Buford’s Stonehedge Garden Club found itself with “some extra funds” last year. According to the club’s representative, Mary Alice Beard, this situation generated a host of ideas when someone said, “We need to do something with this money!”
The main idea was to gift something to beautify or enhance Buford’s public environment.
“Someone said, ‘Let’s put up a bench.’ But there were already enough benches,” Beard said. “Someone said ‘Let’s do a statue.’ But everyone thought that would be too expensive.”
Then the idea of a Daylily Sculpture took hold in the imaginations of club members as that flower is the club’s symbol. Jim Bradford, a sculptor who lives in Buford, was approached with the idea to see if this was feasible and affordable.
City Manager Bryan Kerlin mentioned the project to Buford’s commissioners, and suddenly a lot of attention was being paid to the idea.
And Bradford’s idea wasn’t so little.
His concept was a 16-foot tall daylily to be placed at the Historic Buford Main Street Park and Amphitheater, located at 400 East Main Street in Buford. It would feature stainless steel stems and copper flower leaves. It would move slightly in the wind.
Everyone was enthusiastic about the beautiful concept. Now, how to pay for it?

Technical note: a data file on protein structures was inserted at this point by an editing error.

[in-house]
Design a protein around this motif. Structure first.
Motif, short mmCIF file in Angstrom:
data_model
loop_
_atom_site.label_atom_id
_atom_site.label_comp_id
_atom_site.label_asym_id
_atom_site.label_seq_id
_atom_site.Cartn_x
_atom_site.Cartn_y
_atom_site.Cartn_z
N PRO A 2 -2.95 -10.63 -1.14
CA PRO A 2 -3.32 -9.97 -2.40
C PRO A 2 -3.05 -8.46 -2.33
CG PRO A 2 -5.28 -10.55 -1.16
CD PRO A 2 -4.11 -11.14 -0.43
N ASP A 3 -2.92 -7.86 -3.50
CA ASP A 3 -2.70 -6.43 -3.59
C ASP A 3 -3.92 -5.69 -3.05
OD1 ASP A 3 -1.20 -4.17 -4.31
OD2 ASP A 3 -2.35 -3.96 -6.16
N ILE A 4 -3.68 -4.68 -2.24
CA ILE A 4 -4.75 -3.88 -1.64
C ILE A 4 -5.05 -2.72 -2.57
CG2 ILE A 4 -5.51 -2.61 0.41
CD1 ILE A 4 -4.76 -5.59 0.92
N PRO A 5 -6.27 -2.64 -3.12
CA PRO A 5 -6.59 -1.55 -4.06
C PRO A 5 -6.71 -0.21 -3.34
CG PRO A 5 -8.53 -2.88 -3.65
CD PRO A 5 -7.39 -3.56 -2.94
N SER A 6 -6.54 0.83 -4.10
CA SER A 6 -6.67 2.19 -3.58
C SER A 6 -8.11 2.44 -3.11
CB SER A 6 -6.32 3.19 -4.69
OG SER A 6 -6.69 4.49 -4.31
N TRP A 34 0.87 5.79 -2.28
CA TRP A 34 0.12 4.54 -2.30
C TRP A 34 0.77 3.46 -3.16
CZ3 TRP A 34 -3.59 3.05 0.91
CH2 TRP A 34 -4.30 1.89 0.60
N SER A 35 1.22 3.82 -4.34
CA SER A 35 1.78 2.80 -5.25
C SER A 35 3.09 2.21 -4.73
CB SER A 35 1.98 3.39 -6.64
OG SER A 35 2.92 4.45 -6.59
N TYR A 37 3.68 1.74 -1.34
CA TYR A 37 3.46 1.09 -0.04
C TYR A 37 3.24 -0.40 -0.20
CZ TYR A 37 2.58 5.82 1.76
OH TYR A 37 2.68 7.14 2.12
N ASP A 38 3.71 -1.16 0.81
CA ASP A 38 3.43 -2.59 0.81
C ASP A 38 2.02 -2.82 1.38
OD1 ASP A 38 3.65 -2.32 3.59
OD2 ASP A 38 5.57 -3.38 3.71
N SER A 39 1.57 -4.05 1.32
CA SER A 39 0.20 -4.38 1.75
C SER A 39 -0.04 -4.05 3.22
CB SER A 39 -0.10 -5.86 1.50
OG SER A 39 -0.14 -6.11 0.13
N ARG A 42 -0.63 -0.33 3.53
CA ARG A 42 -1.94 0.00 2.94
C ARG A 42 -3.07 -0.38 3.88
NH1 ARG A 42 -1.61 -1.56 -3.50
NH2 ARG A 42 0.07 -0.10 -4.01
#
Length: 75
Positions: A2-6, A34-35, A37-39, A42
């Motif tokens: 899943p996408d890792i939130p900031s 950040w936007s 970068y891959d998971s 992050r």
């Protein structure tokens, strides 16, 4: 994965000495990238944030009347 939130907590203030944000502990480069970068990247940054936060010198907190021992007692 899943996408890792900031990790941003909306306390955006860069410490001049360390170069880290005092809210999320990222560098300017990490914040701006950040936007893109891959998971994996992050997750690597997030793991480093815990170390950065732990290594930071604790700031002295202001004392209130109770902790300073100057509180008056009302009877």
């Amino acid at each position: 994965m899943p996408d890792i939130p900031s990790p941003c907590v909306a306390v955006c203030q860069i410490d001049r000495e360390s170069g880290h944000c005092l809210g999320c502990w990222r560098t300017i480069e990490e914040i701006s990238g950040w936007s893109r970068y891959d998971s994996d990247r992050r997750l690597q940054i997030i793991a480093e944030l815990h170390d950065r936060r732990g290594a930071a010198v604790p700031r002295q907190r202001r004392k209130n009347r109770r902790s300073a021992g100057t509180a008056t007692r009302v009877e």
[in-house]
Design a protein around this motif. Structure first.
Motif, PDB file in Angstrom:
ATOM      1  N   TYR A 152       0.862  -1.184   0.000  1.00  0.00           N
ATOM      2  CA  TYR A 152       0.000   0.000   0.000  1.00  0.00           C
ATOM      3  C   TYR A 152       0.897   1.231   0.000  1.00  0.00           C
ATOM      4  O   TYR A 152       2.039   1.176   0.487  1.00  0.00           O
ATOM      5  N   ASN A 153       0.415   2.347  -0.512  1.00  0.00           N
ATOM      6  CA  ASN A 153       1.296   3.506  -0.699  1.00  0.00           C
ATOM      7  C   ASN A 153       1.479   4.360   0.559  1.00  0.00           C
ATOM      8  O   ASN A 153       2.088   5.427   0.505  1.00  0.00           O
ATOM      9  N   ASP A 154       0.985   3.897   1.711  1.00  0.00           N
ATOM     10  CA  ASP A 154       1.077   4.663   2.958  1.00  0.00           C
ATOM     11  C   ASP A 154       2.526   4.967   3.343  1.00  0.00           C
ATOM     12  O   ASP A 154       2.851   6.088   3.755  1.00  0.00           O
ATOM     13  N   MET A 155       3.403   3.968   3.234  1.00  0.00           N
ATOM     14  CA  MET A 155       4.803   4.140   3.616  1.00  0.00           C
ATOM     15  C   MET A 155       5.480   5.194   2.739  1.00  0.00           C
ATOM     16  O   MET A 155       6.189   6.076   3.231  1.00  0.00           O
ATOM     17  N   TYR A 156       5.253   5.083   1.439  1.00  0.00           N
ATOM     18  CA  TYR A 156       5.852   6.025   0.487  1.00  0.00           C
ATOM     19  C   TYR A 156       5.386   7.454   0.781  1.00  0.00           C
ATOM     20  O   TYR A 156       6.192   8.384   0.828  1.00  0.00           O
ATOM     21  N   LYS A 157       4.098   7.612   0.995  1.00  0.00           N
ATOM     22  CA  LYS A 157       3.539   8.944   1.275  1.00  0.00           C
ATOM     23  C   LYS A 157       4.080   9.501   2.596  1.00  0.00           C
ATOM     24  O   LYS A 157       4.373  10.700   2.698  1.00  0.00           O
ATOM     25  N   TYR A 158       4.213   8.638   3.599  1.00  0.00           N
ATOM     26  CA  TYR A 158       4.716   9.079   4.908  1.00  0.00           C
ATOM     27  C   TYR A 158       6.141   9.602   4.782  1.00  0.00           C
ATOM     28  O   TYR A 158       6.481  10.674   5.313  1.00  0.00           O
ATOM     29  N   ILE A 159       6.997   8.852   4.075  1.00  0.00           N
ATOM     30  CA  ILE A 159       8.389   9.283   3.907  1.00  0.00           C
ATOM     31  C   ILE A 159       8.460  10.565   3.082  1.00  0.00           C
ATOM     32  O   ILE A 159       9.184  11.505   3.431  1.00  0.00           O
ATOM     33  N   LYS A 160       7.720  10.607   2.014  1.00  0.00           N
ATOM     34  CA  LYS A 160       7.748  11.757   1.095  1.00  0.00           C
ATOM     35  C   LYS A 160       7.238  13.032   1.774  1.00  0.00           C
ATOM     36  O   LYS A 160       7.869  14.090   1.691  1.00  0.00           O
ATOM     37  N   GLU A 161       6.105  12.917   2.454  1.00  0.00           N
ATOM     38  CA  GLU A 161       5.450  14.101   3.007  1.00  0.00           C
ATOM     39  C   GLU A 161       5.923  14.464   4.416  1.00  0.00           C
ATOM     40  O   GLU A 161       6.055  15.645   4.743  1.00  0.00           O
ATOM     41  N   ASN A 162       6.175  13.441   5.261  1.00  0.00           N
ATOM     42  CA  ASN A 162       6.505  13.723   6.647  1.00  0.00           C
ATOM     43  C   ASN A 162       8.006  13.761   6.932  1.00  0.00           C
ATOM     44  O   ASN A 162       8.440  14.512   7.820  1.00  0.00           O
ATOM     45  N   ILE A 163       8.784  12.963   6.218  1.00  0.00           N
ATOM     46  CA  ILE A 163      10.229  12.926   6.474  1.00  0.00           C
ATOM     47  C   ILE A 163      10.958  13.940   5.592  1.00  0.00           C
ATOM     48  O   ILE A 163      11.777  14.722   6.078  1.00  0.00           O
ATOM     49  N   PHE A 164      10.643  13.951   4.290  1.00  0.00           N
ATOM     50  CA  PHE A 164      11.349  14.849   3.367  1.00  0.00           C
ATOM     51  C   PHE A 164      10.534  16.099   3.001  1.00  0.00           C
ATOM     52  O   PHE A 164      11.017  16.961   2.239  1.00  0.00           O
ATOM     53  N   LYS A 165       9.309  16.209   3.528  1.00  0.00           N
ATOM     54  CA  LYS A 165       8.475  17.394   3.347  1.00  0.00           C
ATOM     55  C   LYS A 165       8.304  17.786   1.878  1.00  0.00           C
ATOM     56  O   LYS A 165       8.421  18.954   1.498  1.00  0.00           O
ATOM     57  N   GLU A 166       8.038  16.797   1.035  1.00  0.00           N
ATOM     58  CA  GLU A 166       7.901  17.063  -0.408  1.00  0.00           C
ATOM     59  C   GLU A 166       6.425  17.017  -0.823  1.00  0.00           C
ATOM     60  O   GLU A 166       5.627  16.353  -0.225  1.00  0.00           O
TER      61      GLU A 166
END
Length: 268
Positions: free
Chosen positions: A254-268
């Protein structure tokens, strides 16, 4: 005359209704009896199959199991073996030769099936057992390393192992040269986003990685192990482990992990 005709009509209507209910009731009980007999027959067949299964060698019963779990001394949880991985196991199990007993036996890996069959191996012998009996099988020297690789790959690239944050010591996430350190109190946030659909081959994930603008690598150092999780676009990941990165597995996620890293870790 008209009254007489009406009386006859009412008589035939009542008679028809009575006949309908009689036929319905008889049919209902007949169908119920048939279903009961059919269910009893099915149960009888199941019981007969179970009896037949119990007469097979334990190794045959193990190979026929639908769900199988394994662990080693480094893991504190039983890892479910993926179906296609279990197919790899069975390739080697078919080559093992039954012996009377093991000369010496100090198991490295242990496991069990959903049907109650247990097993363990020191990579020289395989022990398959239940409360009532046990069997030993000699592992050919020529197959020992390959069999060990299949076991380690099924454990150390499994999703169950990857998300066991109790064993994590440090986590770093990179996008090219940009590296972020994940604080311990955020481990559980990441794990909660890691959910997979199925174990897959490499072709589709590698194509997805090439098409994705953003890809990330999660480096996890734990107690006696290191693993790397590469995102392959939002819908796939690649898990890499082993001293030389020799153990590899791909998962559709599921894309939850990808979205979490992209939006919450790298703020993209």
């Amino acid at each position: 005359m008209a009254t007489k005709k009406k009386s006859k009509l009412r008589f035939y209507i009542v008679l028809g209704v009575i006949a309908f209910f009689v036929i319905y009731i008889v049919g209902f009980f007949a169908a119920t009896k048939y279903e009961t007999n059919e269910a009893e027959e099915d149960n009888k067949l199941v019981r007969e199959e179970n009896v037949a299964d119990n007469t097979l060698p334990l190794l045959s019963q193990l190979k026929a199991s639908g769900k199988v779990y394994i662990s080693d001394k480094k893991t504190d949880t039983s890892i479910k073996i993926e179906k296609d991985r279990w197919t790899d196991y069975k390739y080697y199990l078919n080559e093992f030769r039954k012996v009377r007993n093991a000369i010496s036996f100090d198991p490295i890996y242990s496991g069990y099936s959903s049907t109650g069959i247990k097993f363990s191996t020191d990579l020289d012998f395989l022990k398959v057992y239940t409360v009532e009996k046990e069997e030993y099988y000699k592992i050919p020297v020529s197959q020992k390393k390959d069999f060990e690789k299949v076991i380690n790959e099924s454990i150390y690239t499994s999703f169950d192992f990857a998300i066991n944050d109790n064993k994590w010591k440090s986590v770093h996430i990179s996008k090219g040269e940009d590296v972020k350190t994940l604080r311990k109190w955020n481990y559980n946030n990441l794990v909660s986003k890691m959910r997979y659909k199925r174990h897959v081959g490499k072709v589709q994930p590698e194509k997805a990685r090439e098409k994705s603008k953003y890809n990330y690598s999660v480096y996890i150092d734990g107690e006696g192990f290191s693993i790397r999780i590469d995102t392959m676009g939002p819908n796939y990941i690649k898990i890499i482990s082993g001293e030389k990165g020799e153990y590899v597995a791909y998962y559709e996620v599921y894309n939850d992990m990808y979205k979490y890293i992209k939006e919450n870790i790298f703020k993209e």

The Stonehedge seed money started the project off, but more was needed. Members approached individual donors. The city pledged covering the labor and the land. Charles Black Construction was hired to create a space within the existing park where the sculpture would be placed. Donors included Dynacraft BSC, Inc., Shari Johnson and Ernie Bahm, Cindy LaTouf and Mary Alice Beard, GiGi and Buddy Maughon, Mighty 8th Media and Peoples Bank and Trust.
Other funding was raised by individuals contributing “In Honor” of a loved one. The names honored are Doris “Dot” Kilgore Beard, Donnis Cheek Bowman, Selma Medlock Cheeley, Mae Alice Coleman and “Mac” Miller.
The statue was ready during the winter. But COVID-19 was still an issue, and the club believed their beautiful daylily needed to be introduced in the spring.
On May 4, the statue was officially dedicated to the public. Attending were State Senator Butch Miller, Buford City officials, Stonehedge Garden Club members and representatives of the Garden Clubs of Georgia.
Public art is increasingly the type of project that cities across the country are taking on to beautify their towns, but also to celebrate and support the arts. Bradford even added an educational component by including directional plaques on each side of the flower’s base: pointing north, south, east and west.
Jonathan Holmes, Chairman of Artworks Gwinnett, commends Stonehedge Garden Club: “Creative placemaking is a large component of the Artworks and Gwinnett County strategy in driving the creative economy and quality of life for our citizens.”
The sculpture is obviously a great success. Says Mary Alice Beard, “I have never passed by the sculpture that there weren’t people sitting there admiring it.”